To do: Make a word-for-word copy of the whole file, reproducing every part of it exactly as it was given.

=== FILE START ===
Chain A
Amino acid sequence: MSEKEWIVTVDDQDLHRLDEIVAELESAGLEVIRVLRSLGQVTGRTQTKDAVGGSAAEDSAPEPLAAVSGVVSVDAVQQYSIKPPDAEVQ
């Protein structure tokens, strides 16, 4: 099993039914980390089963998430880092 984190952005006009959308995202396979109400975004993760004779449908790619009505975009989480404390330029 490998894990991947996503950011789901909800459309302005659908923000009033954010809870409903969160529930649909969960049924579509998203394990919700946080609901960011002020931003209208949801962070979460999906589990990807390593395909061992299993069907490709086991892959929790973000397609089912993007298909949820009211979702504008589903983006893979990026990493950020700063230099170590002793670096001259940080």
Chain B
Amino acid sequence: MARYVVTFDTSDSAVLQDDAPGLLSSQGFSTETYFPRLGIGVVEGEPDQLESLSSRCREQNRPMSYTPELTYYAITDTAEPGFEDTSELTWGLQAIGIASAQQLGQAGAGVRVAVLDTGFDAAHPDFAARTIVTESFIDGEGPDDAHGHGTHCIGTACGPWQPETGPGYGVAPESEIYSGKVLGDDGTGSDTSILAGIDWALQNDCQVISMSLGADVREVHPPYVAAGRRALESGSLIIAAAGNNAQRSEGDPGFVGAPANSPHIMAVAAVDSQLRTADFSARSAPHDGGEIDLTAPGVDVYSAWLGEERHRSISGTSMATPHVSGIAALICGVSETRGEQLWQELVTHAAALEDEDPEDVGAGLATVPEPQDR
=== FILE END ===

Chain A
Amino acid sequence: MSEKEWIVTVDDQDLHRLDEIVAELESAGLEVIRVLRSLGQVTGRTQTKDAVGGSAAEDSAPEPLAAVSGVVSVDAVQQYSIKPPDAEVQ
């Protein structure tokens, strides 16, 4: 099993039914980390089963998430880092 984190952005006009959308995202396979109400975004993760004779449908790619009505975009989480404390330029 490998894990991947996503950011789901909800459309302005659908923000009033954010809870409903969160529930649909969960049924579509998203394990919700946080609901960011002020931003209208949801962070979460999906589990990807390593395909061992299993069907490709086991892959929790973000397609089912993007298909949820009211979702504008589903983006893979990026990493950020700063230099170590002793670096001259940080």
Chain B
Amino acid sequence: MARYVVTFDTSDSAVLQDDAPGLLSSQGFSTETYFPRLGIGVVEGEPDQLESLSSRCREQNRPMSYTPELTYYAITDTAEPGFEDTSELTWGLQAIGIASAQQLGQAGAGVRVAVLDTGFDAAHPDFAARTIVTESFIDGEGPDDAHGHGTHCIGTACGPWQPETGPGYGVAPESEIYSGKVLGDDGTGSDTSILAGIDWALQNDCQVISMSLGADVREVHPPYVAAGRRALESGSLIIAAAGNNAQRSEGDPGFVGAPANSPHIMAVAAVDSQLRTADFSARSAPHDGGEIDLTAPGVDVYSAWLGEERHRSISGTSMATPHVSGIAALICGVSETRGEQLWQELVTHAAALEDEDPEDVGAGLATVPEPQDR